UTMA/UGMA Accounts
Each state has their own rules, but these accounts reference the Uniform Transfer to Minors Act which allow a custodian to exercise control over the account while still allowing funds to be considered titled to the minor beneficiary. The potential gifting opportunities are a plus, but consideration should be given to how much money is placed in these accounts as, by age 21 (18 in some states), the money will be under the full control of the beneficiary.

Trust
In the case where passing on control at age 18 or 21 is not desired, a Trust might be a better tool. Trusts can be established with a wide variety of requirements or restrictions for use. They are more expensive and can be complex, but the increased protection can be well worth it in the right circumstance.

Special Needs Trust
These operate much like a typical trust, but instead of dissolving once heirs reach a certain age, they provide for the specific needs of heirs who may not be able to handle their own finances even as adults.

Roth
There is no minimum age for starting a Roth IRA. However, the child or grandchild in question must have earned income in order to contribute. From there, they can contribute up to the lesser of $5,000 or the amount they’ve earned. If they earned $3,000 bagging groceries, you can gift $3,000 to their Roth IRA. The drawback here again is that, at the age of majority, the account is theirs. While there are taxes and penalties involved for withdrawing before age 59 ½, this is not always enough of a drawback for young people to take the money. If this is a concern, a trust is again something to consider.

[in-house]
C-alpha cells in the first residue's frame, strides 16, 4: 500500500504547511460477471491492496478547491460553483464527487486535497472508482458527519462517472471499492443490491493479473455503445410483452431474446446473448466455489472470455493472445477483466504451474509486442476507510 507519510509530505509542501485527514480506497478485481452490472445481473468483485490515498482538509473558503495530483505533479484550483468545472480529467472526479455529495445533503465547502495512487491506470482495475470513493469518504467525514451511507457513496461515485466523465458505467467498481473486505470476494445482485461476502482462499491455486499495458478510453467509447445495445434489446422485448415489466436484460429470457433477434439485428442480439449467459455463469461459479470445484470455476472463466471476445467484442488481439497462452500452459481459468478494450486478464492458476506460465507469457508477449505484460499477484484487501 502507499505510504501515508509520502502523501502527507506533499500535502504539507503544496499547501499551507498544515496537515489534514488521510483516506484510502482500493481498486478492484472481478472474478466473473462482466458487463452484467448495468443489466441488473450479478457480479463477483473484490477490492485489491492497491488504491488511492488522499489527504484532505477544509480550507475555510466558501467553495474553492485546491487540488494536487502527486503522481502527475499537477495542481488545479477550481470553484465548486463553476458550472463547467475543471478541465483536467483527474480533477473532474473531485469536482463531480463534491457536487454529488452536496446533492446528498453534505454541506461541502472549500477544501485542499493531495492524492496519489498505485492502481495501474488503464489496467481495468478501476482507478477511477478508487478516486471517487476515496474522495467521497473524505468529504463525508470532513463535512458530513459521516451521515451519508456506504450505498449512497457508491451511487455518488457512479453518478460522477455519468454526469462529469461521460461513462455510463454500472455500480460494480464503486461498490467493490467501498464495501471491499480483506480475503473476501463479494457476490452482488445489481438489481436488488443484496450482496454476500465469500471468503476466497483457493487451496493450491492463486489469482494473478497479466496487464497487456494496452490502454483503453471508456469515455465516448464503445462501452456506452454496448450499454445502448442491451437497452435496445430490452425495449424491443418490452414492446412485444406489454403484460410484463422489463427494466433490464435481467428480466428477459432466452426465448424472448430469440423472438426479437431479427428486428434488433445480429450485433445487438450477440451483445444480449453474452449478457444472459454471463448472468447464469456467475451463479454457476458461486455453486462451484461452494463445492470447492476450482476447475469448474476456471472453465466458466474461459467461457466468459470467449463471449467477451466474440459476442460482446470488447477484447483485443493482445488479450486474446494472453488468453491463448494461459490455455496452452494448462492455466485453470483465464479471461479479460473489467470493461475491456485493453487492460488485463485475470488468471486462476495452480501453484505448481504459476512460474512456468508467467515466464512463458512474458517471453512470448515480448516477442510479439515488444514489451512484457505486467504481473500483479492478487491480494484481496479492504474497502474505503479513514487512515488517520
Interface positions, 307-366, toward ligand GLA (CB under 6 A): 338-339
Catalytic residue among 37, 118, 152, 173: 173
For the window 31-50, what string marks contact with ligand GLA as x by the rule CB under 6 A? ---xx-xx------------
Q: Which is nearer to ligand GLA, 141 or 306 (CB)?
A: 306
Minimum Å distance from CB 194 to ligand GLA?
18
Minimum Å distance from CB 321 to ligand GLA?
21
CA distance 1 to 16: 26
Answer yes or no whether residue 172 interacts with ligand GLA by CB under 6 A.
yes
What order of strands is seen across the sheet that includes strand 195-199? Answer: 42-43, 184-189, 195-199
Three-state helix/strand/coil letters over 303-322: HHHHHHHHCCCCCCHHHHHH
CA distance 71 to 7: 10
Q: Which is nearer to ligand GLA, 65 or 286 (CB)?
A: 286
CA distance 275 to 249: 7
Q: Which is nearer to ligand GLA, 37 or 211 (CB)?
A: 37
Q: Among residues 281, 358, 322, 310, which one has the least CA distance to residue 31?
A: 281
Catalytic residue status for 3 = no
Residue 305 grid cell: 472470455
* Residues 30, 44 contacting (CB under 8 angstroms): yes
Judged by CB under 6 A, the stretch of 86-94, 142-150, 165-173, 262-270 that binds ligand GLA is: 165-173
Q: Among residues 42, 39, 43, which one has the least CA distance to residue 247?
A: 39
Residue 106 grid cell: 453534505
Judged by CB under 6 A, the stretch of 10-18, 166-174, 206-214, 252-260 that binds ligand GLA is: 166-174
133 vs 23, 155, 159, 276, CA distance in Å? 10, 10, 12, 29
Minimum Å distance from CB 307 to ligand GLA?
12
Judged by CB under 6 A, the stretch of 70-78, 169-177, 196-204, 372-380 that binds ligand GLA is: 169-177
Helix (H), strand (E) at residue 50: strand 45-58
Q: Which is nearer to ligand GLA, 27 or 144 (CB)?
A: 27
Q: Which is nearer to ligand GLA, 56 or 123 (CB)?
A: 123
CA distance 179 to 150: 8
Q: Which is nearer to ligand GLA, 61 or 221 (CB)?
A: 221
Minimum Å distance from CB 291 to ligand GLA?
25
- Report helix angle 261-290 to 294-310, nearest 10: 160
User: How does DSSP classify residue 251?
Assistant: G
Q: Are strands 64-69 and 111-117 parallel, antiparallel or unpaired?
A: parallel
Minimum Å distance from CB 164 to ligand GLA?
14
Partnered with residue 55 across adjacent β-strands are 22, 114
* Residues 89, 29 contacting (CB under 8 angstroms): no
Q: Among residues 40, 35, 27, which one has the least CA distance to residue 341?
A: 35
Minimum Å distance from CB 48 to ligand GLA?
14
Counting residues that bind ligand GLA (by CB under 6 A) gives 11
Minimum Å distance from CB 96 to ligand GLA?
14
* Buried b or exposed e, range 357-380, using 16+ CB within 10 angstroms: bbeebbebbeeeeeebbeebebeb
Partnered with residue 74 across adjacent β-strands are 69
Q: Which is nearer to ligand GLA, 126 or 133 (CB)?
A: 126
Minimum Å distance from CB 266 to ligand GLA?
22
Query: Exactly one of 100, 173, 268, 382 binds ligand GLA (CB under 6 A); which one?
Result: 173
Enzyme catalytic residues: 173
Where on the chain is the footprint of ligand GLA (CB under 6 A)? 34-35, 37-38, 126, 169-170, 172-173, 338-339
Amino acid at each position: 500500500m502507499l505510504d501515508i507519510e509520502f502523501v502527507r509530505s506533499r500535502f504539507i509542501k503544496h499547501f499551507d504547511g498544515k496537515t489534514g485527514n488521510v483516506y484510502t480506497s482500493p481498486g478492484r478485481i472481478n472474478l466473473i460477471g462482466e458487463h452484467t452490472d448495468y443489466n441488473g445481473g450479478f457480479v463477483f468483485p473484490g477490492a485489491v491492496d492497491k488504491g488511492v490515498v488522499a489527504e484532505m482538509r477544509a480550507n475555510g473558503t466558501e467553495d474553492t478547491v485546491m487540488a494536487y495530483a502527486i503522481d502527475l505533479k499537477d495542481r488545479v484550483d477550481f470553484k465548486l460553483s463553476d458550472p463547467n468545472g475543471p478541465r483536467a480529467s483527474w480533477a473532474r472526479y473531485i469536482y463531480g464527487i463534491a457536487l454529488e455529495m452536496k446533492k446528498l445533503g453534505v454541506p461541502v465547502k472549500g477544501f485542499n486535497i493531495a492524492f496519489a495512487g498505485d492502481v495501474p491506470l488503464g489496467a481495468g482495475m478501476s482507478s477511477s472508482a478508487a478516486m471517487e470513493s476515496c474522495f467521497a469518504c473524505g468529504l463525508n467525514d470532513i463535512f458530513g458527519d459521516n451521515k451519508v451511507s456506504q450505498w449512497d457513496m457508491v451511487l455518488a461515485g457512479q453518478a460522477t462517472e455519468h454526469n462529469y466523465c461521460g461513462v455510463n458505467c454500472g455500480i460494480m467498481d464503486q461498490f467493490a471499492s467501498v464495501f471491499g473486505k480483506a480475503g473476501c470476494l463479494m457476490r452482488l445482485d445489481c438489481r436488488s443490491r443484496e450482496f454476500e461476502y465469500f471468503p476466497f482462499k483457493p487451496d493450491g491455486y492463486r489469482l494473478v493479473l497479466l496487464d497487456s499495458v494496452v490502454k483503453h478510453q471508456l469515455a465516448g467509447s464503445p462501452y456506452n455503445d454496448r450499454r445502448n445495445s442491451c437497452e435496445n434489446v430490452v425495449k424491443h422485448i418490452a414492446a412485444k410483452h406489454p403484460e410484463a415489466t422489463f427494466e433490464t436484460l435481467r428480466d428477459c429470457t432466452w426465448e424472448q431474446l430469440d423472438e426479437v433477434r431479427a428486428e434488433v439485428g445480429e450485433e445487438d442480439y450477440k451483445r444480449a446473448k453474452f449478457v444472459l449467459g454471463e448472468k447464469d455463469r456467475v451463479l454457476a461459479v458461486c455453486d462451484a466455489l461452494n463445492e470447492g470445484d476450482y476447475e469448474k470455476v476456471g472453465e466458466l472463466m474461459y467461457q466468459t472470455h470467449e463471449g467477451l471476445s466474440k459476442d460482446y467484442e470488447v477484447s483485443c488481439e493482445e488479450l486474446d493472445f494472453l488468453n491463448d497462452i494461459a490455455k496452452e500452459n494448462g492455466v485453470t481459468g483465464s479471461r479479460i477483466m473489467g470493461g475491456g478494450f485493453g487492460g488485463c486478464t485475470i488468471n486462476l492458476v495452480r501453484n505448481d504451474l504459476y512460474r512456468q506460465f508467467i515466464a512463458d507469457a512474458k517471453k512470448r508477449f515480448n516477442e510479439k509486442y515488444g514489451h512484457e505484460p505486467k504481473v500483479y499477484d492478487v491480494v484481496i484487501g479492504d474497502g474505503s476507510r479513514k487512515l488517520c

All of these tools, when used properly and with some education of the intended beneficiary, can be excellent ways to give your child or grandchild a leap forward regardless of their plans beyond high school. It all comes down to your specific situation, proper planning and talking through what would be best for all parties involved. Remember to first pay attention to your own financial picture. Like the oxygen mask instructions on any flight, securing your financial picture first should be paramount to helping others.

Chip Workman, CFP®, MBA